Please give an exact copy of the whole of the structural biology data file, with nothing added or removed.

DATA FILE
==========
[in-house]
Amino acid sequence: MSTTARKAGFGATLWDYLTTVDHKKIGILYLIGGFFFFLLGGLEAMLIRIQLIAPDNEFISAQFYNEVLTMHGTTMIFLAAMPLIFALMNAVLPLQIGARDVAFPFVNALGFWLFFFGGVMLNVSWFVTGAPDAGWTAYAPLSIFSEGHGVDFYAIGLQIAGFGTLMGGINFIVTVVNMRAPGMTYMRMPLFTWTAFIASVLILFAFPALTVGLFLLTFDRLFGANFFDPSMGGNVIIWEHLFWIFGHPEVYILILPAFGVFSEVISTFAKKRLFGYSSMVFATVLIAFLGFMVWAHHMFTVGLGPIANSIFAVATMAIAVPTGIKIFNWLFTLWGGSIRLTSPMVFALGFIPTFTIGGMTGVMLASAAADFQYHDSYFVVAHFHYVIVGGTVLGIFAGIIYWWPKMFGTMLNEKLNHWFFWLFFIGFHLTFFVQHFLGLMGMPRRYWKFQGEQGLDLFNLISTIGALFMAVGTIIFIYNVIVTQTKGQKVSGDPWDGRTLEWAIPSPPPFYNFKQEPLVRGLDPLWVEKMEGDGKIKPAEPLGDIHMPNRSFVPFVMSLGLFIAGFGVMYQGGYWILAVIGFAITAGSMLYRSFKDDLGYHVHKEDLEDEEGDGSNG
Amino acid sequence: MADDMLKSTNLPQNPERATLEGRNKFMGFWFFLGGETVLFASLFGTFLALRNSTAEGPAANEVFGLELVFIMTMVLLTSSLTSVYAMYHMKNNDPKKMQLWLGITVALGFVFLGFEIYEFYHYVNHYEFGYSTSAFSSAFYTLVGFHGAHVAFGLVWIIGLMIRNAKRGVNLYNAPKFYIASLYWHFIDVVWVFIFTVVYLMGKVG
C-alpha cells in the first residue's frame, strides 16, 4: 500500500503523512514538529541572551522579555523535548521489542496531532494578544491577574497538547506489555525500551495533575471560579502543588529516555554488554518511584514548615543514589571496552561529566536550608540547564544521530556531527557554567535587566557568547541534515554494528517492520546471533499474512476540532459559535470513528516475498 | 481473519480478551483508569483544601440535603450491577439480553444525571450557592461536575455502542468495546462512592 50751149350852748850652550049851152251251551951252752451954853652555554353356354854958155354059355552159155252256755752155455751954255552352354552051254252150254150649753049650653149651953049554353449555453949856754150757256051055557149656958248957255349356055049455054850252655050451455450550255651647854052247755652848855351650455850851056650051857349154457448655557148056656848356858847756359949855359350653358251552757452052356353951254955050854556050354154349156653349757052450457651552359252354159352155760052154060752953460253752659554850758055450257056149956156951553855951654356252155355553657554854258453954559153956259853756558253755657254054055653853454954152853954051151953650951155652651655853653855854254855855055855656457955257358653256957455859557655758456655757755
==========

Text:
[in-house]
Amino acid sequence: MSTTARKAGFGATLWDYLTTVDHKKIGILYLIGGFFFFLLGGLEAMLIRIQLIAPDNEFISAQFYNEVLTMHGTTMIFLAAMPLIFALMNAVLPLQIGARDVAFPFVNALGFWLFFFGGVMLNVSWFVTGAPDAGWTAYAPLSIFSEGHGVDFYAIGLQIAGFGTLMGGINFIVTVVNMRAPGMTYMRMPLFTWTAFIASVLILFAFPALTVGLFLLTFDRLFGANFFDPSMGGNVIIWEHLFWIFGHPEVYILILPAFGVFSEVISTFAKKRLFGYSSMVFATVLIAFLGFMVWAHHMFTVGLGPIANSIFAVATMAIAVPTGIKIFNWLFTLWGGSIRLTSPMVFALGFIPTFTIGGMTGVMLASAAADFQYHDSYFVVAHFHYVIVGGTVLGIFAGIIYWWPKMFGTMLNEKLNHWFFWLFFIGFHLTFFVQHFLGLMGMPRRYWKFQGEQGLDLFNLISTIGALFMAVGTIIFIYNVIVTQTKGQKVSGDPWDGRTLEWAIPSPPPFYNFKQEPLVRGLDPLWVEKMEGDGKIKPAEPLGDIHMPNRSFVPFVMSLGLFIAGFGVMYQGGYWILAVIGFAITAGSMLYRSFKDDLGYHVHKEDLEDEEGDGSNG
Amino acid sequence: MADDMLKSTNLPQNPERATLEGRNKFMGFWFFLGGETVLFASLFGTFLALRNSTAEGPAANEVFGLELVFIMTMVLLTSSLTSVYAMYHMKNNDPKKMQLWLGITVALGFVFLGFEIYEFYHYVNHYEFGYSTSAFSSAFYTLVGFHGAHVAFGLVWIIGLMIRNAKRGVNLYNAPKFYIASLYWHFIDVVWVFIFTVVYLMGKVG
C-alpha cells in the first residue's frame, strides 16, 4: 500500500503523512514538529541572551522579555523535548521489542496531532494578544491577574497538547506489555525500551495533575471560579502543588529516555554488554518511584514548615543514589571496552561529566536550608540547564544521530556531527557554567535587566557568547541534515554494528517492520546471533499474512476540532459559535470513528516475498 | 481473519480478551483508569483544601440535603450491577439480553444525571450557592461536575455502542468495546462512592 50751149350852748850652550049851152251251551951252752451954853652555554353356354854958155354059355552159155252256755752155455751954255552352354552051254252150254150649753049650653149651953049554353449555453949856754150757256051055557149656958248957255349356055049455054850252655050451455450550255651647854052247755652848855351650455850851056650051857349154457448655557148056656848356858847756359949855359350653358251552757452052356353951254955050854556050354154349156653349757052450457651552359252354159352155760052154060752953460253752659554850758055450257056149956156951553855951654356252155355553657554854258453954559153956259853756558253755657254054055653853454954152853954051151953650951155652651655853653855854254855855055855656457955257358653256957455859557655758456655757755